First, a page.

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The New Climate Litigation

How about if we sue you for breathing?

Opinion, Wall Street Journal, Dec 28, 2009 [here]

Fresh from the fiasco in Copenhagen and with a failure in the U.S. Senate looming this coming year, the climate-change lobby is already shifting to Plan B, or is it already Plan D? Meet the carbon tort.

Across the country, trial lawyers and green pressure groups—if that’s not redundant—are teaming up to sue electric utilities for carbon emissions under “nuisance” laws.

A group of 12 Gulf Coast residents whose homes were damaged by Katrina are suing 33 energy companies for greenhouse gas emissions that allegedly contributed to the global warming that allegedly made the hurricane worse. Connecticut Attorney General Richard Blumenthal and seven state AG allies plus New York City are suing American Electric Power and other utilities for a host of supposed eco-maladies. A native village in Alaska is suing Exxon and 23 oil and energy companies for coastal erosion.

What unites these cases is the creativity of their legal chain of causation and their naked attempts at political intimidation. “My hope is that the court case will provide a powerful incentive for polluters to be reasonable and come to the table and seek affordable and reasonable reductions,” Mr. Blumenthal told the trade publication Carbon Control News. “We’re trying to compel measures that will stem global warming regardless of what happens in the legislature.”

Mull over that one for a moment. Mr. Blumenthal isn’t suing to right a wrong. He admits that he’s suing to coerce a change in policy no matter what the public’s elected representatives choose.

more »

26 Dec 2009, 12:57pm
Latest Fire News
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Environmental Groups Sue Over Prescribed Burns

By Ben Preston, Santa Barbara Independent, December 23, 2009 [here]

Los Padres National Forest Watch — an environmental watchdog group — in concert with the research-oriented California Chaparral Institute, filed a lawsuit against the U.S. Forest Service last week. The groups claim there is a lack of opportunity for public input into the USFS’s decision making process for land-management policy. More specifically, they are focusing on the Tepusquet Fuels Treatment Project, a prescribed burn program the two groups maintain was approved without an environmental analysis or public hearings.

“Our number one concern is looking at the bigger picture and the long term consequences of what’s happening now,” said Richard Halsey, an ecologist from the Escondido-based Chaparral Institute. “In the end, the fuel treatment of this 18,000 acres is a political one. It’s not good land management based upon science, and that’s not good.”

However, some residents of Tepusquet Canyon, which runs from Foxen Cayon Road to Highway 166 in northern Santa Barbara County, disagreed with the allegation that the Forest Service doesn’t involve the public. “Do I like everything they do? No,” said Linda Tunnel. “But they do try their darndest to work with the homeowners who live over here. When we have concerns, they always listen to us and have been very open about that they can and can’t do.” Tunnel is among the approximately 160 families who live in Tepusquet Canyon. The La Brea Fire, which burned nearly 90,000 acres in August, came fairly close to her home. “I want to be prepared, and if the Forest Service can do it using winter [prescribed] burns and other ways that can protect us, I’m in favor of it,” she continued, adding that she hadn’t seen anyone from Los Padres National Forest Watch or the Chaparral Institute at any of the public meetings she attended. … [more]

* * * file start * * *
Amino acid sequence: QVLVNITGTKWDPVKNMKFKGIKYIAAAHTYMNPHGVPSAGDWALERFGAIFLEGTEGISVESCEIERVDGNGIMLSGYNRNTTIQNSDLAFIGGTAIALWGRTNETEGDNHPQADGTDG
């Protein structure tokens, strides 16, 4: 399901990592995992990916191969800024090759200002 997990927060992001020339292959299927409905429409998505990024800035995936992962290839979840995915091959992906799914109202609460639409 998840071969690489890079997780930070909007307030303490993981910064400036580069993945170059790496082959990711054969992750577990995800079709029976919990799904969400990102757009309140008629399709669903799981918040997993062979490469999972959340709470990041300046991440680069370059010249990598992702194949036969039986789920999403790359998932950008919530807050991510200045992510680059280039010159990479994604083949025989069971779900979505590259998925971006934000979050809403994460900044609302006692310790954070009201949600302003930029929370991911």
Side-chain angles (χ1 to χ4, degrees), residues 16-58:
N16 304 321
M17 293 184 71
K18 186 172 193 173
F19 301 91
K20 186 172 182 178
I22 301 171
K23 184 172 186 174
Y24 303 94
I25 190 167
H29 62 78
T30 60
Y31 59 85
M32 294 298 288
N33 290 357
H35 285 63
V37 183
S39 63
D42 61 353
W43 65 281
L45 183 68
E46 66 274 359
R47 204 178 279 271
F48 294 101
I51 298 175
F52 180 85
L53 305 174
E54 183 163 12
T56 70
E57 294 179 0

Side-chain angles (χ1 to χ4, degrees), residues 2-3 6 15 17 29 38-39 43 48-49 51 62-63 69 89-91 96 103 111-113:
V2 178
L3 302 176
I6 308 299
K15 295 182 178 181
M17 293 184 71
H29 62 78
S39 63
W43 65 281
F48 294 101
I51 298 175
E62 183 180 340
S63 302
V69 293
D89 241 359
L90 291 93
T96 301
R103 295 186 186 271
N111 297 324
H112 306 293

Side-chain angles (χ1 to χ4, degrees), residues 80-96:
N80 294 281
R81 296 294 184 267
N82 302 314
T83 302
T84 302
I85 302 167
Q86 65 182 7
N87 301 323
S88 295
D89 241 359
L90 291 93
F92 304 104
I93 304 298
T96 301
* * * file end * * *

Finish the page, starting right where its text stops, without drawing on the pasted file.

21 Dec 2009, 4:34pm
Latest Climate News
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Cold snap wreaks havoc across Europe

BBC News, 21 Dec 2009 [here]

At least 29 people froze to death in Poland as temperatures fell far below freezing, while in southern Germany a figure of -33C (-27F) was recorded.

Moscow said it was deploying 9,000 snow ploughs to clear the city’s streets.

Flights have been cancelled and Eurostar passenger trains are still not running after electrical failures.

More than 55,000 travellers had journeys cancelled after six trains broke down, in what Eurostar said was unprecedented winter weather in France.

The company hopes to announce on Monday evening when services between England, France and Belgium would resume.

Second wave of snowstorms

In Poland, police appealed for people to help if they came across homeless or drunk people lying outside as temperatures dropped towards -20C in some areas. Most of those who froze to death over the weekend were homeless.

Meanwhile, one restaurant owner offered tens of thousands of homeless people a hot meal in Krakow’s main square. … [more]

21 Dec 2009, 4:33pm
Latest Climate News
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Questions over business deals of UN climate change guru Dr Rajendra Pachauri

By Christopher Booker and Richard North, UK Telegraph, Dec 20, 2009 [here]

No one in the world exercised more influence on the events leading up to the Copenhagen conference on global warming than Dr Rajendra Pachauri, chairman of the UN’s Intergovernmental Panel on Climate Change (IPCC) and mastermind of its latest report in 2007.

Although Dr Pachauri is often presented as a scientist (he was even once described by the BBC as “the world’s top climate scientist”), as a former railway engineer with a PhD in economics he has no qualifications in climate science at all.

What has also almost entirely escaped attention, however, is how Dr Pachauri has established an astonishing worldwide portfolio of business interests with bodies which have been investing billions of dollars in organisations dependent on the IPCC’s policy recommendations.

These outfits include banks, oil and energy companies and investment funds heavily involved in ‘carbon trading’ and ‘sustainable technologies’, which together make up the fastest-growing commodity market in the world, estimated soon to be worth trillions of dollars a year.

Today, in addition to his role as chairman of the IPCC, Dr Pachauri occupies more than a score of such posts, acting as director or adviser to many of the bodies which play a leading role in what has become known as the international ‘climate industry’. It is remarkable how only very recently has the staggering scale of Dr Pachauri’s links to so many of these concerns come to light, inevitably raising questions as to how the world’s leading ‘climate official’ can also be personally involved in so many organisations which stand to benefit from the IPCC’s recommendations. … [more]